The journal Immunology has published Dr. Seaton’s article titled; “The binding sites of monoclonal antibodies to the non-reducing end of Francisella tularensis O-antigen accommodate mainly the terminal saccharide.”
Drs. Lynne Coluccio and Hiroshi Tokuo have published a paper in Molecular Biology of the Cell on the regulation of cell-cell adhesion.
The article is titled;”Myosin-1c regulates the dynamic stability of E-cadherin–based cell–cell contacts in polarized Madin–Darby canine kidney cells” and can be found in the September 15 issue of Molecular Biology of the Cell.
New article in Nature Letters by Prof. Chris Akey titled; “Structure of the SecY channel during initiation of protein translocation”.
“Similar to passengers on an urban transit system, every protein made in the cell has a specific destination and function. Channels in cell membranes help direct these proteins to their appropriate target. Researchers at Boston University School of Medicine (BUSM) and their colleagues have now captured images of these channels as they open to allow proteins to pass through a membrane, while the proteins are being made. These findings are published as a Letter in Nature.”
More information here.
Congratulations to Drs. Jing Wang and Esther Bullitt on their new publication in collaboration with Drs. J. Ptacek and K. Kirkegaard,
Double-Membraned Liposomes Sculpted by Poliovirus 3AB Protein
now in press at the Journal of Biological Chemistry.
Congratulations to Mengxiao Lu, a PhD student in the Gursky lab, who is a corresponding author on an invited review “Aggregation and fusion of low-density lipoproteins in vivo and in vitro” accepted for publication in BMC.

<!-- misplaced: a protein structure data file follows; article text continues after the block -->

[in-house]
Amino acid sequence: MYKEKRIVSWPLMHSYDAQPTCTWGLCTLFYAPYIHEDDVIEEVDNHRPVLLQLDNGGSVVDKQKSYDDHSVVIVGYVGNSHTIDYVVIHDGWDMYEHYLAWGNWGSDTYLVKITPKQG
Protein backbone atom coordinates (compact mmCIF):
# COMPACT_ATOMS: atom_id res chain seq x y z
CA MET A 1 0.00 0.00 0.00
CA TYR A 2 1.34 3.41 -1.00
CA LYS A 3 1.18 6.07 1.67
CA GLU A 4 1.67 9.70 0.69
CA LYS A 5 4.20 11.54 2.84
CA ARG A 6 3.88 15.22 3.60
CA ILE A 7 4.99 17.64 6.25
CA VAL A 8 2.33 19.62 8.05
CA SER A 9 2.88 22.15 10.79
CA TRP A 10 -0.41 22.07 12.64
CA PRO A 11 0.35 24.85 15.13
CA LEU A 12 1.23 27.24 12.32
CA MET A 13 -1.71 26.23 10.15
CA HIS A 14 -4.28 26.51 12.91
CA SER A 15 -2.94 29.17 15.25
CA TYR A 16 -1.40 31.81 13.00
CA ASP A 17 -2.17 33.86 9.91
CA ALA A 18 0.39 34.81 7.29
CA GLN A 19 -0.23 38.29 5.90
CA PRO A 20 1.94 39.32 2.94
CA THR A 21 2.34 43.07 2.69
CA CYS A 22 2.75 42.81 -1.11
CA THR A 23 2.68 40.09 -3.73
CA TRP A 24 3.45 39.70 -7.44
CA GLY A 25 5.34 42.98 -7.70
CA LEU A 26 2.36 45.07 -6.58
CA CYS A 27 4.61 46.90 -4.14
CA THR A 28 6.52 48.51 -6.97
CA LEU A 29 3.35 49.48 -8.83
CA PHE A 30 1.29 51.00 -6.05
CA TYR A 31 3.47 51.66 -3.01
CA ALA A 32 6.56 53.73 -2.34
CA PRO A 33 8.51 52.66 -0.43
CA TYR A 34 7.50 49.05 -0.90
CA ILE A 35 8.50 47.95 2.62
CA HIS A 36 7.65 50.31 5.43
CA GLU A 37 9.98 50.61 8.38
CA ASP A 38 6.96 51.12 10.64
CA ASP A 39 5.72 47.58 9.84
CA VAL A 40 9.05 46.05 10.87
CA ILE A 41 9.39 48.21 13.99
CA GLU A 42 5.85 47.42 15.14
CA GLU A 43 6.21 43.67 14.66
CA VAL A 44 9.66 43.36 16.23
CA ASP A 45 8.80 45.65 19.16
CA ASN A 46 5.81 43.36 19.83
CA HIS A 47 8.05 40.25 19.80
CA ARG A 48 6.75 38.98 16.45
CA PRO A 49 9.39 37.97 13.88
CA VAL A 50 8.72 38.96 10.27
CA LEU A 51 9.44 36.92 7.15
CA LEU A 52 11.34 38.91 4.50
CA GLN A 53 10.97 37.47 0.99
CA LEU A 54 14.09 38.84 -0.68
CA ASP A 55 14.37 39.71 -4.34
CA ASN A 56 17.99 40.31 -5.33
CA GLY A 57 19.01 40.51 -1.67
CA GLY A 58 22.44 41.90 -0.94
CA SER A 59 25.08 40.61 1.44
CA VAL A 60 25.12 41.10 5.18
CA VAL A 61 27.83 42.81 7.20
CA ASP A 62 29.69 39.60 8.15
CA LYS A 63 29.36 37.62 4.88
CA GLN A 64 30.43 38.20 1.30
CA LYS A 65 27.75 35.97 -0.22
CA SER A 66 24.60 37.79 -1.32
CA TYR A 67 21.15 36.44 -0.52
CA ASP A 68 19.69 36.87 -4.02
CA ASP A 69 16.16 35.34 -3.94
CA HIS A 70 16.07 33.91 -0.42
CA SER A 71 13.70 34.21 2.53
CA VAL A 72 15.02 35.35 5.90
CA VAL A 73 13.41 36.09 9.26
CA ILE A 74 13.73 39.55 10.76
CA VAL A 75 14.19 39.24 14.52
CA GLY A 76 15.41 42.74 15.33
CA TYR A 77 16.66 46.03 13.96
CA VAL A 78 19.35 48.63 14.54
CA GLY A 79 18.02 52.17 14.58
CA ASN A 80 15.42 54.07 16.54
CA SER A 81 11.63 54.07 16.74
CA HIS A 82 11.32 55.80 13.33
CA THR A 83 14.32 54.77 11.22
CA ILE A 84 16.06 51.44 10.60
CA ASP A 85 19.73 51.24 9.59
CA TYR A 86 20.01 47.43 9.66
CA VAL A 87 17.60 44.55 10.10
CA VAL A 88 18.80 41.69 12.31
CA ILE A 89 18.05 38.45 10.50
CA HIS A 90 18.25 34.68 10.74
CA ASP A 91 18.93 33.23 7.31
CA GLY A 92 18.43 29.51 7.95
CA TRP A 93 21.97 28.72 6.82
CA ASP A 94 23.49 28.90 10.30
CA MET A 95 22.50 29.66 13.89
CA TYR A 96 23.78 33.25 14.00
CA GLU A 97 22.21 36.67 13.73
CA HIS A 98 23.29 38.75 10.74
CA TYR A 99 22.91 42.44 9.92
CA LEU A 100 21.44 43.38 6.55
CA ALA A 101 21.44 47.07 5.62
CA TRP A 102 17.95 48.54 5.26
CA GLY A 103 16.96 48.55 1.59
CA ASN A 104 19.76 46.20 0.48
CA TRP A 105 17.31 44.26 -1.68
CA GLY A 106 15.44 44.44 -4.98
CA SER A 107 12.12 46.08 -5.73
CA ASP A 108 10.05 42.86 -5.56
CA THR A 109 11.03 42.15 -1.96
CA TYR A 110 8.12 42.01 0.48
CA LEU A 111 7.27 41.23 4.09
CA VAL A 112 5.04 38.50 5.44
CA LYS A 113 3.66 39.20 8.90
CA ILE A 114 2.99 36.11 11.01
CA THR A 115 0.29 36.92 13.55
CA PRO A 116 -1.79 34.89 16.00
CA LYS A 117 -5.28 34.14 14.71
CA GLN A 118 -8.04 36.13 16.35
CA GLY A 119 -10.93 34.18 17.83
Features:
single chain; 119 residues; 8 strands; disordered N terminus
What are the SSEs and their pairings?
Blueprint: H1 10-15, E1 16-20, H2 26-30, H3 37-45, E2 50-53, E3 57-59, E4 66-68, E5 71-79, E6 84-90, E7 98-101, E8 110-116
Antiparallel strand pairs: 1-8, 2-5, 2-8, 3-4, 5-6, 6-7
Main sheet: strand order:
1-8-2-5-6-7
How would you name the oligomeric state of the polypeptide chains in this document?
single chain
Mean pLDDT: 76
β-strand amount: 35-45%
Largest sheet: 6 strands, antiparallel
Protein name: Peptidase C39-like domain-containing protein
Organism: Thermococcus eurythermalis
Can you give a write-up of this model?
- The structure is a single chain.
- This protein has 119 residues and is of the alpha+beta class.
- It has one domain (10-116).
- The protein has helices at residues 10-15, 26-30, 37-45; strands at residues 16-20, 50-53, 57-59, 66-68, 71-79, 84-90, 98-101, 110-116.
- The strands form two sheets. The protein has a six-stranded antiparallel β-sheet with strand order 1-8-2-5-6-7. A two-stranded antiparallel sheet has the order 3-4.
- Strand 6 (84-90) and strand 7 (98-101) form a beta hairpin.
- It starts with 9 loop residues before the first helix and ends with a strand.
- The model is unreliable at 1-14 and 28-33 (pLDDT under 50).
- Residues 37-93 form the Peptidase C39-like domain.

The BUSM has just been awarded a Shared Instrument Grant from the NIH to upgrade our Core Facility for Structural NMR. The proposal ”A Console Upgrade and Cryogenic Probe for a 500 MHz NMR System for Biomedical Research” will provide state-of-the art electronics and a superconducting probe that will increase the sensitivity of the instrument approximately ten-fold. This will provide superior spectra with less instrument time and allow research on samples not possible with the current instrument.
The PI of the proposal is C. James McKnight and the Major Users are Assen Marintchev, James Hamilton, Christopher Akey and David Atkinson from the Department of Physiology and Biophysics. The Major Users outside of Physiology and Biophysics are Susan Fisher (Microbiology), David Harris (Biochemistry), Erdjan Salih (Oral Biology) and Stephen Blacklow (Dana Farber Cancer Institute, Harvard Medical School). The upgraded Facility will be managed by Jonathan Vural.
Here is a link to the Core Facility for Structural NMR:
Congratulations to Dr. Olga Gursky for receiving an NIH grant to study “Structural stability and functional remodeling of high-density lipoproteins”
Congratulations to Dr. Olga Gursky for receiving a new RO1 grant to study “Structural stability and functional remodeling of high-density lipoproteins”.
A Surface for Poliovirus Replication – Manuscript Accepted for Publication by the Journal of Molecular Biology
Surface For Catalysis by Poliovirus RNA-dependent RNA Polymerase
by Jing Wang, John M Lyle, and Esther Bullitt
Jing received her PhD in the Bullitt lab in May 2012. Congratulations!
Welcome New Researchers: Dr. Chelsea Epler, Dr. Alan Huang, Dr. Shigeru Komaba and Dr. Hiroshi Tokuo
Dr. Chelsea Epler will be working in the Bullitt lab investigating type III secretion and virus replication.
Dr. Alan Huang is a biochemist and molecular biologist who has gained biophysical expertise during the last ten years in the Wang lab.
Dr. Shigeru Komaba, also in the Coluccio laboratory, is studying the role of myosin I in the association of transporters with the actin cytoskeleton at the cell membrane.
Dr. Hiroshi Tokuo will be working with Dr. Coluccio investigating the role of myosin I in cell-cell contact; and myosin X in the formation of filopodia.
Dr. Lynne Coluccio joins us from Boston Biomedical Research Institute to continue her work on the role of class I myosins in the inner ear.
Dr. Albert Wang joins us from Boston Biomedical Research Institute to continue his work on regulation of the actin cytoskeleton in smooth muscle and non-muscle cells.